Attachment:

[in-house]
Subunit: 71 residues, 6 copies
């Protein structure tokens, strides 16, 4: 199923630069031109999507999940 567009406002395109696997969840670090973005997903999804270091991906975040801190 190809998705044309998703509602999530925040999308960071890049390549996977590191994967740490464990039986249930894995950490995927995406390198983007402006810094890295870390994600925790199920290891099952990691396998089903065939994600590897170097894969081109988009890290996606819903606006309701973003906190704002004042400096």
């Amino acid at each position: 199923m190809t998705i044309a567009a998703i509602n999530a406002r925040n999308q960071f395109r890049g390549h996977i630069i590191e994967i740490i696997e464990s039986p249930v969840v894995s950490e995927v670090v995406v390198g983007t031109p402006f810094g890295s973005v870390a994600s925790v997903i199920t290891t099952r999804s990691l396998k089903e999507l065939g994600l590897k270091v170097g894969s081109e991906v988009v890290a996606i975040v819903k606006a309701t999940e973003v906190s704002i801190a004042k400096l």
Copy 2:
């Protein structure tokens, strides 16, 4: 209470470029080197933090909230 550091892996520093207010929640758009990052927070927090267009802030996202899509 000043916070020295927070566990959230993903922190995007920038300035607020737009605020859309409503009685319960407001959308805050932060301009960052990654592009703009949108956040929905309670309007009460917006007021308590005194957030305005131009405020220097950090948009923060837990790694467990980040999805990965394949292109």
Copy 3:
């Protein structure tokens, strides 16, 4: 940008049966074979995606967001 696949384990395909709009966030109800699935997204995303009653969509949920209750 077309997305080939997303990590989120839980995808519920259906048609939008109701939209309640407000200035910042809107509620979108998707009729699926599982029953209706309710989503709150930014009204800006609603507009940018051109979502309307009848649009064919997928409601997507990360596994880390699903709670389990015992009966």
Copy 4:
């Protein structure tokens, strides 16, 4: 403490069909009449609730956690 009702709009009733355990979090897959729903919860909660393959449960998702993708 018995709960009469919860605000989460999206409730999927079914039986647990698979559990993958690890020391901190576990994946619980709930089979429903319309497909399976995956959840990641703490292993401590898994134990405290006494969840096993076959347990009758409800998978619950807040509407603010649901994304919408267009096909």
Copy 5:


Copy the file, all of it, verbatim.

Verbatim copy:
[in-house]
Subunit: 71 residues, 6 copies
């Protein structure tokens, strides 16, 4: 199923630069031109999507999940 567009406002395109696997969840670090973005997903999804270091991906975040801190 190809998705044309998703509602999530925040999308960071890049390549996977590191994967740490464990039986249930894995950490995927995406390198983007402006810094890295870390994600925790199920290891099952990691396998089903065939994600590897170097894969081109988009890290996606819903606006309701973003906190704002004042400096």
């Amino acid at each position: 199923m190809t998705i044309a567009a998703i509602n999530a406002r925040n999308q960071f395109r890049g390549h996977i630069i590191e994967i740490i696997e464990s039986p249930v969840v894995s950490e995927v670090v995406v390198g983007t031109p402006f810094g890295s973005v870390a994600s925790v997903i199920t290891t099952r999804s990691l396998k089903e999507l065939g994600l590897k270091v170097g894969s081109e991906v988009v890290a996606i975040v819903k606006a309701t999940e973003v906190s704002i801190a004042k400096l």
Copy 2:
């Protein structure tokens, strides 16, 4: 209470470029080197933090909230 550091892996520093207010929640758009990052927070927090267009802030996202899509 000043916070020295927070566990959230993903922190995007920038300035607020737009605020859309409503009685319960407001959308805050932060301009960052990654592009703009949108956040929905309670309007009460917006007021308590005194957030305005131009405020220097950090948009923060837990790694467990980040999805990965394949292109």
Copy 3:
């Protein structure tokens, strides 16, 4: 940008049966074979995606967001 696949384990395909709009966030109800699935997204995303009653969509949920209750 077309997305080939997303990590989120839980995808519920259906048609939008109701939209309640407000200035910042809107509620979108998707009729699926599982029953209706309710989503709150930014009204800006609603507009940018051109979502309307009848649009064919997928409601997507990360596994880390699903709670389990015992009966």
Copy 4:
């Protein structure tokens, strides 16, 4: 403490069909009449609730956690 009702709009009733355990979090897959729903919860909660393959449960998702993708 018995709960009469919860605000989460999206409730999927079914039986647990698979559990993958690890020391901190576990994946619980709930089979429903319309497909399976995956959840990641703490292993401590898994134990405290006494969840096993076959347990009758409800998978619950807040509407603010649901994304919408267009096909």
Copy 5: